Augmented Reality in Art: Aesthetics and Material for Expression
Augmented Reality, taken in its widest definition, dominates the interactive gallery art scene. In a line of flight begun with the electronic video image brought in to the gallery in the 1970's, AR art today bases its interaction and engagement with the viewer on the simultaneous nature of the electric image combined with the illussionistic mysteries of digital processing. In this essay, Rhodes seeks to begin the needed conversation about AR art— what is the material of expression, what is the ground and what is the figure, and where does it depart from art history. In the end, what is proposed, is the technological apparatus itself as a material of expression
Metonymy in the Moving Image: Multichannel Cinema
Metonymy in the Image: Multichannel Cinema, attempts to establish the fractured screen film form (variably called "split-screen," "picture-in-picture," "macro-cinema," "expanded cinema") as a distinct and important movement within cinema. Drawing from extensive art practice experience in multichannel film, Rhodes analyzes the viewing experience of multichannel cinema in terms of semiotics and Deleuzian film theory. Rhodes begins with a survey of the different multichannel mediums: video games, computer windows, traditional and experimental film, and then centering on the feature film and Peter Greenaway's The Pillow Book. The feature film becomes the object of analysis, and specifically a critical comparison of the single channel narrative film form and the multichannel.
The basic difference between forms, the replacement of shots in single channel as opposed to the contiguous arrangement of shots in multichannel, is put into terms of space and time. Here an interpretation of the importance of these differences is given in terms of Henri Bergson, via Gilles Deleuze, and a direct comparison is made between the multichannel form and Deleuze's Time Image cut. The described opposition between "temporal montage" and "spatial montage" is then put in semiotic terms, and the opposition of metonymic and metaphoric planes of meaning described, drawing from the writings of Roland Barthes on the photograph, and Roman Jacobson. Here Rhodes intimates that multichannel cinema can function as an imporant metalanguage through a more metonymic communication with the viewer. Rhodes then returns to Bergson, and his theory of perception, to analyze the experience of spectating the multichannel. He proposes a special activity by the multichannel cinema audience, in which they must create a virtual screen that combines all the images presented into a whole. This creative act sets the multichannel spectating process apart from the single channel, and again points towards the possibility of a metalanguage system. Rhodes proposes this system as working within a playspace, in between the screen and the framed channels. This playspace, through the viewer's creative act, becomes a narrative arena that can break through cliché.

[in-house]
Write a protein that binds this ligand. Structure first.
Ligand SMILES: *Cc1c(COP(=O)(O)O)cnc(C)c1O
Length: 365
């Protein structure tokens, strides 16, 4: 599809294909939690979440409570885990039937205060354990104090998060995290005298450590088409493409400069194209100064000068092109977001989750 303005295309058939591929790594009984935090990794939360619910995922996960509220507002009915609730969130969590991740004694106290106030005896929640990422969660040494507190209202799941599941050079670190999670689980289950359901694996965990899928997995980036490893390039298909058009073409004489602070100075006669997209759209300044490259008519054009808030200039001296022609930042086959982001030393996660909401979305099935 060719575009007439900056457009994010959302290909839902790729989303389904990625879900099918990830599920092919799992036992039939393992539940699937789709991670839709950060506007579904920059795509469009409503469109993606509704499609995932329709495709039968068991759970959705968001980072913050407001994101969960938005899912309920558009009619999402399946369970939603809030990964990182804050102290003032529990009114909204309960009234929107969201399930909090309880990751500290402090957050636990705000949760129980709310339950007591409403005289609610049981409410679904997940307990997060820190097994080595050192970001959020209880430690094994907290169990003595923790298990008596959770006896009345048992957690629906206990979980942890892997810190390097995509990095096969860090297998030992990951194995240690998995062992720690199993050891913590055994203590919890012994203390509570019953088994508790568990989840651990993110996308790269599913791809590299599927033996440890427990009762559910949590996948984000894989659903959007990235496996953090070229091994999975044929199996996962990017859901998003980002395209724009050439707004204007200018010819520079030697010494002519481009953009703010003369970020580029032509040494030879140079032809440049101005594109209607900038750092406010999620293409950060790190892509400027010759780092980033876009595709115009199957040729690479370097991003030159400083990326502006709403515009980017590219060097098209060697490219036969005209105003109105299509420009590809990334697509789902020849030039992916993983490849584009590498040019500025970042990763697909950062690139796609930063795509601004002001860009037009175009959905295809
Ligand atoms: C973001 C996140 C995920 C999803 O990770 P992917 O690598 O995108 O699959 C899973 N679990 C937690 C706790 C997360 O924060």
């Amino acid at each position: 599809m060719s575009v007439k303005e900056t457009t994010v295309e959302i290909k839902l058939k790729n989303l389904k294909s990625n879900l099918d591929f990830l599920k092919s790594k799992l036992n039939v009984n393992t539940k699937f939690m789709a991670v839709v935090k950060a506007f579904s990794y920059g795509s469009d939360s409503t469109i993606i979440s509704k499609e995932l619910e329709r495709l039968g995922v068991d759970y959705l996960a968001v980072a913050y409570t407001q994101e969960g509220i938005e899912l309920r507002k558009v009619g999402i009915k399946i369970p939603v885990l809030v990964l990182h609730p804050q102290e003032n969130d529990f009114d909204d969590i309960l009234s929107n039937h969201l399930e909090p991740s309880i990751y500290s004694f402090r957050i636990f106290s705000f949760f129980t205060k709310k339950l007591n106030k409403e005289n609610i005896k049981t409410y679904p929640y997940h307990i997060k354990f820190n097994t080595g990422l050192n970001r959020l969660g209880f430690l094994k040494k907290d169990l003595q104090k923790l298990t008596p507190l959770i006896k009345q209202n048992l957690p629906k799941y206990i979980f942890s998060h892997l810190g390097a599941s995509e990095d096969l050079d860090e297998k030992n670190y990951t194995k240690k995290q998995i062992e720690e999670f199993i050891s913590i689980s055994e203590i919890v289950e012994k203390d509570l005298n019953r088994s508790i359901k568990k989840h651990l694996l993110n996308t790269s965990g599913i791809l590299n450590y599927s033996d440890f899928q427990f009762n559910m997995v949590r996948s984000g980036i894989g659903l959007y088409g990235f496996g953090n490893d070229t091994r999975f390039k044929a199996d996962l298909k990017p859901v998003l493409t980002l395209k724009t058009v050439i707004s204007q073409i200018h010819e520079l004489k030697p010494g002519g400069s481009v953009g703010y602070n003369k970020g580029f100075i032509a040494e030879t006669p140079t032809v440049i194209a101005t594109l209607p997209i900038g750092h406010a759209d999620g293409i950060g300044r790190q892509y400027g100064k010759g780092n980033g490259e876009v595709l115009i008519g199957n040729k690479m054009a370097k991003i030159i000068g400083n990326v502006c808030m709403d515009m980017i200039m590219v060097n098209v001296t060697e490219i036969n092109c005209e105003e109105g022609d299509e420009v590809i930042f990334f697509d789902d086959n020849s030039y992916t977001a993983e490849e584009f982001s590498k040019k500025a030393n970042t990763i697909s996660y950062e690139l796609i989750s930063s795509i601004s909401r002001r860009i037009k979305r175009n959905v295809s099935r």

A Semiotic Analysis of High Fashion Advertising
Medialogy.net — a new net criticism initiative
"Selfploitation": Participatory Pornography in Web 2.0
'Selfploitation' is a term coined by a trilogy of internet 'porn' sites published by the Australia based company GMBill PTY ltd., an "almost entirely women run" organization: ishotmyself.com, beautifulagony.com, and ifeelmyself.com. The first two consist entirely of self-produced porn (and/or 'erotica' as you will see), and ifeelmyself.com is an out-growth of these, where volunteers are produced into their own video porn vignettes. All three sites are built around the community structure of a blog: there are forums where members post messages to themselves, they speak of "sponsors" and "contributors" and scold "freeloaders." They present themselves with a vaguely feminist agenda of control and liberation of sexuality and the female body, and language of the art gallery and the community blog to describe their power structures and products. We could say this is the end of pornography補 completion of exposure, where every member is removed from the capture, but the self, and every member included in the audience, including the self. In the equating of self with other, signification with reflection, the 'virtual' and 'real' have taken the place of 'subject' and 'object'. The community that is joined in these sights is a community of images. An exhibitor can become one of a set of images, to be given back to the self as a virtual. This is not the joy of 'perverts' finding enjoyment in the "instrumentalization" for the pleasure of the other, instead it's a total mediation of 'self' to 'other', a narcissistic circuit where they can be both object and subject, gaze and that which gazes back: your image giving pleasure to your self.